Trump Promises 'Big Announcement' on Whether He Believes President Obama Born in US

Trump was one of the main proponents of "birtherism."

— -- Donald Trump said this morning that he will make an announcement today on the issue of whether he believes President Obama was born in the United States.

The Republican presidential nominee told Fox News in a telephone interview that will "make a big announcement" on the matter today.

The candidate's promise to address the issue directly comes after his campaign on Thursday night issued a statement asserting that Trump "believes" Obama was born in the U.S. As of Friday morning, though, Trump has yet to say himself that he believes the president is American-born.

Trump has been a leading proponent of the "birther" notion that Obama isn't a native-born U.S. citizen.

His campaign's statement Thursday night was issued hours after the Washington Post published an interview in which Trump again refused to acknowledge that the president was born in the U.S., a position he has maintained for years despite proof to the contrary.

And in a bizarre twist, the statement said Trump took credit for "compelling President Obama to release his birth certificate" and putting an end to an "issue that Hillary Clinton and her team first raised."

"Having successfully obtained President Obama’s birth certificate when others could not, Mr. Trump believes that President Obama was born in the United States," the statement read.

In the Washington Post interview, published on the paper's website at 7:34 p.m., Trump refused to say whether he believed that Obama was born in the U.S.

"I'll answer that question at the right time," Trump said. "I just don't want to answer it yet."

Despite the Republican presidential candidate's reluctance to acknowledge that Obama was born in the U.S., Trump campaign manager Kellyanne Conway has said in recent interviews that Trump does indeed believe the president is born in the U.S.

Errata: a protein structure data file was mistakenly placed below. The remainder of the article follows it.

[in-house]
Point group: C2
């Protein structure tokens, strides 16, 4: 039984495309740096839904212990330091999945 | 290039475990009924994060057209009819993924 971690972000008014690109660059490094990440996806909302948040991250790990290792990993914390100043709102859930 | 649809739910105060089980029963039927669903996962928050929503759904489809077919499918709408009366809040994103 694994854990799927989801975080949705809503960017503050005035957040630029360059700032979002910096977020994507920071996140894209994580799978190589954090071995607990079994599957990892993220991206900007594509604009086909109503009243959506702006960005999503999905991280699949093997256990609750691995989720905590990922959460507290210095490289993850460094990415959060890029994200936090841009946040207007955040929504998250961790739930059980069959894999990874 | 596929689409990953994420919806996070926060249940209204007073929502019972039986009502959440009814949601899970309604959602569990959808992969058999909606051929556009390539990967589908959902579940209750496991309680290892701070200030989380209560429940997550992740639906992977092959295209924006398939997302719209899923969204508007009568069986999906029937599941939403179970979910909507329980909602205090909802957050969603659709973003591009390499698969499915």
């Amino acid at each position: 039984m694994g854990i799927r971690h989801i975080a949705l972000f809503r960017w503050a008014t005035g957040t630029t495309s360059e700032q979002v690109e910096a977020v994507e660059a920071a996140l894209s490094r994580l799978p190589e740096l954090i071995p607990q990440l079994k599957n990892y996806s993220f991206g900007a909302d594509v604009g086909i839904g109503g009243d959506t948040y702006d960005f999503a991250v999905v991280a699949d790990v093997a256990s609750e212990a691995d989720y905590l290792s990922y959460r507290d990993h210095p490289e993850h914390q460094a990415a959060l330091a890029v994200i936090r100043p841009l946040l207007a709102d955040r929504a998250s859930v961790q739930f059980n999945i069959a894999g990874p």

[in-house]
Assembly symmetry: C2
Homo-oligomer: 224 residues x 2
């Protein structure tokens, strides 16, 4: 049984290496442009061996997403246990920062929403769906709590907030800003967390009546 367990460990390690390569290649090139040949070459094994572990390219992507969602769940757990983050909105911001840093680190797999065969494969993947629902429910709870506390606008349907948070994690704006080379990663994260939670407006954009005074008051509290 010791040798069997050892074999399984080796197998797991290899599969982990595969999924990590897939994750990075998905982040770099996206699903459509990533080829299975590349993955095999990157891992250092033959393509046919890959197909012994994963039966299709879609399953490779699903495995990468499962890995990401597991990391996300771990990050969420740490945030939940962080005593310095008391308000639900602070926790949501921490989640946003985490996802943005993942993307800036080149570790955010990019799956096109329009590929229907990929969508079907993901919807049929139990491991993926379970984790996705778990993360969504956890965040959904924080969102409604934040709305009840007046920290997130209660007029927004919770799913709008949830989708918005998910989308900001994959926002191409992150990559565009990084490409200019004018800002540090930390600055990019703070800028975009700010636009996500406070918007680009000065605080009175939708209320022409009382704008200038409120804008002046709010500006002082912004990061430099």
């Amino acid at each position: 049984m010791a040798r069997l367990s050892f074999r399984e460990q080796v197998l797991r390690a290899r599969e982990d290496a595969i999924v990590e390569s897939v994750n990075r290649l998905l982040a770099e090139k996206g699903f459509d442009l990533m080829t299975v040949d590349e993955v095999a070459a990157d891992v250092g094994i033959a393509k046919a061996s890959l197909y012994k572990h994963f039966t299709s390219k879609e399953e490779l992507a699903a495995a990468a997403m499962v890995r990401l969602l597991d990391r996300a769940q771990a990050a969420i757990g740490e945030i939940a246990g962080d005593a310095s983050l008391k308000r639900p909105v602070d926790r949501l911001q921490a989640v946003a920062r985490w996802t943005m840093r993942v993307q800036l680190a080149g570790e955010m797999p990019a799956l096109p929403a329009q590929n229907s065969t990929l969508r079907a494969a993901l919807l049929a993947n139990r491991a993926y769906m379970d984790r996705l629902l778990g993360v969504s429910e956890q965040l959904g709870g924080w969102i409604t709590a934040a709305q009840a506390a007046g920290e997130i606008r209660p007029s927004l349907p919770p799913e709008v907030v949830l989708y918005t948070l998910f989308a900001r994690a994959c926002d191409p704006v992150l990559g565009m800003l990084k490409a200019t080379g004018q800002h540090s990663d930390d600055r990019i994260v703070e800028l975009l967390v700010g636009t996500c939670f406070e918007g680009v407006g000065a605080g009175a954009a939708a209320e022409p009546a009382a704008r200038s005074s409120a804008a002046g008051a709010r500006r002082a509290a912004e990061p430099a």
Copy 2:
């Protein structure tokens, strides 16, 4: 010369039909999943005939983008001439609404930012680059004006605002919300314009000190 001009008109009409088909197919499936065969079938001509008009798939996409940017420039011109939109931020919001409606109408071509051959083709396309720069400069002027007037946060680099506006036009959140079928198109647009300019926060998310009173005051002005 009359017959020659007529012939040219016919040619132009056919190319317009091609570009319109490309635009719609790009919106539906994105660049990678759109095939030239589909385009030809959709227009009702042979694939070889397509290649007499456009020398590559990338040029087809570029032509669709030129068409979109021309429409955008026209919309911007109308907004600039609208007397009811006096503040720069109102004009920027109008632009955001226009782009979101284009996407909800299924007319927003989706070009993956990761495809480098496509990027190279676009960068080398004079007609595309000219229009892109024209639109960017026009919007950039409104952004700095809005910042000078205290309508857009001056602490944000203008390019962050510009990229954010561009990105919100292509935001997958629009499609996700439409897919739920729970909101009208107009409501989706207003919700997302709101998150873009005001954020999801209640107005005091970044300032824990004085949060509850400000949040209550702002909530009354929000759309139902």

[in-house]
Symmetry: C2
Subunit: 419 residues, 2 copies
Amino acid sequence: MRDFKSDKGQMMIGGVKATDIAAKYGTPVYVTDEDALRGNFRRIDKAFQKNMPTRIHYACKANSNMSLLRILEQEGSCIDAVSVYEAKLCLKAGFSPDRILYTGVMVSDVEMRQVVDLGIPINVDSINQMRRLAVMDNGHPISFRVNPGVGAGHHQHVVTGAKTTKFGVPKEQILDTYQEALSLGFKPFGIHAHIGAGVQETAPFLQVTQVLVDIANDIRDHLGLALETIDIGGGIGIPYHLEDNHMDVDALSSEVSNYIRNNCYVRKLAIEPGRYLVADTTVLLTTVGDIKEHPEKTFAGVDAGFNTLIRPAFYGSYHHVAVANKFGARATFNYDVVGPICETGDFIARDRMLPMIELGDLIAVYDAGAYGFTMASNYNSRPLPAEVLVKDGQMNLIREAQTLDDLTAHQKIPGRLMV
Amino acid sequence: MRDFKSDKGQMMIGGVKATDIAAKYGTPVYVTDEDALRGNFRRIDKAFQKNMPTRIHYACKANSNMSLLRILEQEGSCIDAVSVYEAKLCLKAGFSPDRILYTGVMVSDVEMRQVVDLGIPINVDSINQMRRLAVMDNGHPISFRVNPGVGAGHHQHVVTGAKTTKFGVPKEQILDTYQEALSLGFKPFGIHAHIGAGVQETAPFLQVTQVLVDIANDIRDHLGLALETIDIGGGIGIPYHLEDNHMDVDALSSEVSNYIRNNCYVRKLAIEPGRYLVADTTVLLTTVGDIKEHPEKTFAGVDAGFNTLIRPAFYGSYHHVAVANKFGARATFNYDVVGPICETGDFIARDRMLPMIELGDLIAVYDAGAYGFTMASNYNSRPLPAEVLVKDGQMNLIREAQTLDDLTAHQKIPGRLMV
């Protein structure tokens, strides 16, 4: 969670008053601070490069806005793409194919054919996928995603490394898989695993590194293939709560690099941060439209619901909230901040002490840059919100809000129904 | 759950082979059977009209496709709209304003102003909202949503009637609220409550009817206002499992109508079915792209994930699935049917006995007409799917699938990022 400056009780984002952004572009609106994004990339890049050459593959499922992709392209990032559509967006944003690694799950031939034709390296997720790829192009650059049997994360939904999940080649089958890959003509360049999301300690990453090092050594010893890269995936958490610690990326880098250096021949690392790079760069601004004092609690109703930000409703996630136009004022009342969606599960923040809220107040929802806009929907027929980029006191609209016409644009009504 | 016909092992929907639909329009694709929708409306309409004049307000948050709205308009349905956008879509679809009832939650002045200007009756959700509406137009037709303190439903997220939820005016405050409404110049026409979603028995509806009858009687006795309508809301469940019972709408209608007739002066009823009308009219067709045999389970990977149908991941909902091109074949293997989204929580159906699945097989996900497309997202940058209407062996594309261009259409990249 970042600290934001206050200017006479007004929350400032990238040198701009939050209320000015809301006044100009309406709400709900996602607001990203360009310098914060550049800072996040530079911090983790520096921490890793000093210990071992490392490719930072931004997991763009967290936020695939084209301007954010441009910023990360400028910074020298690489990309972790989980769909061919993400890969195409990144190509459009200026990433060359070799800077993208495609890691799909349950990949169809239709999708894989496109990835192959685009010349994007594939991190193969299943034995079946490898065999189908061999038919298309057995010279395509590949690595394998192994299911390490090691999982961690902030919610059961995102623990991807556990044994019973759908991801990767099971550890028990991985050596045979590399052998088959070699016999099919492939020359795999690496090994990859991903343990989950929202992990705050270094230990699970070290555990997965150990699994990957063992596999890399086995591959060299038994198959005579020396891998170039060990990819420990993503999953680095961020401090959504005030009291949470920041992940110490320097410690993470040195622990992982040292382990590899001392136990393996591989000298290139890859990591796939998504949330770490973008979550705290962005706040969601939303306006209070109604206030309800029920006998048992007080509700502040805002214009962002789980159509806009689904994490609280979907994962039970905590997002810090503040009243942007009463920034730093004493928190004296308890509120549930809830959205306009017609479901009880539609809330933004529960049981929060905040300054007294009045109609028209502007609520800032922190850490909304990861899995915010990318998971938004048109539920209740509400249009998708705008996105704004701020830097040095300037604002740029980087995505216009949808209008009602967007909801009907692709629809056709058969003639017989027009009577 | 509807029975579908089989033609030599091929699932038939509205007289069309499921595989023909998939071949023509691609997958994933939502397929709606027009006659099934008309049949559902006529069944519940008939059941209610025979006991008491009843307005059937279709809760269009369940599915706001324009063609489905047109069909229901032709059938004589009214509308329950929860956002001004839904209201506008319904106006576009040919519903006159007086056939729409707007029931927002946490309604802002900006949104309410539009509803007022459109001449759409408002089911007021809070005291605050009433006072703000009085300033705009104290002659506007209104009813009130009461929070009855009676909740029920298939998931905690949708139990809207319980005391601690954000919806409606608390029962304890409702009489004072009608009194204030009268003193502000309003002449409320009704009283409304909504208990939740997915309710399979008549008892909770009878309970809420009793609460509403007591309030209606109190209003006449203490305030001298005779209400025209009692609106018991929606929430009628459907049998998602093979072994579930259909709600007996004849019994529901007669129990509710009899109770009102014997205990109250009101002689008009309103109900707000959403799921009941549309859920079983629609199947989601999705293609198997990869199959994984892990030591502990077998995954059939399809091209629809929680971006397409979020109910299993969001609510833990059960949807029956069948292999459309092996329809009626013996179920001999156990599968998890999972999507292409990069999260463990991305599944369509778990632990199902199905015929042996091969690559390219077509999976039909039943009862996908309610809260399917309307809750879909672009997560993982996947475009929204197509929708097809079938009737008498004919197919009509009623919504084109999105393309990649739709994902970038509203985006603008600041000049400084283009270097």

When asked if Conway's assertion was accurate, Trump told the newspaper, "It's okay. She’s allowed to speak what she thinks. I want to focus on jobs. I want to focus on other things."

"I don’t talk about it anymore," Trump told the Washington Post. "The reason I don’t is because then everyone is going to be talking about it as opposed to jobs, the military, the vets, security."

Trump was asked if his courtship of African-Americans could be stymied by the birther issue and "hang over his candidacy." His response: "I think it hangs over the reporters."

The real estate developer-turned-presidential candidate was at the heart of the "birther" movement, casting doubt on whether Obama was born in the U.S. for years. He also claimed that he dispatched a team of investigators to get to the bottom of the issue.

The questions fueled conspiracy theories that the president was born in Kenya instead of Hawaii.

In an unusual move, the president held a press conference in April 2011 releasing his birth certificate.

But that still did not satisfy Trump and other doubters.

In August 2012, for example, Trump called Obama's birth certificate a "fraud."

The in December 2013, Trump was still tweeting about birtherism.

In August 2013, Trump told ABC News' Jonathan Karl that he has “ no idea” if Obama was born in the US.

Since then, he has largely dodged the question.

Earlier Thursday evening -- before the Trump campaign released its statement -- Hillary Clinton slammed Trump's refusal in the Washington Post to say Obama was born in the U.S.

"Every time we think he’s hit rock bottom, he sinks even lower," the Democratic presidential nominee said during remarks at the Congressional Hispanic Caucus dinner in Washington, D.C., where Obama also spoke.

ABC News' Liz Kreutz contributed to this report.

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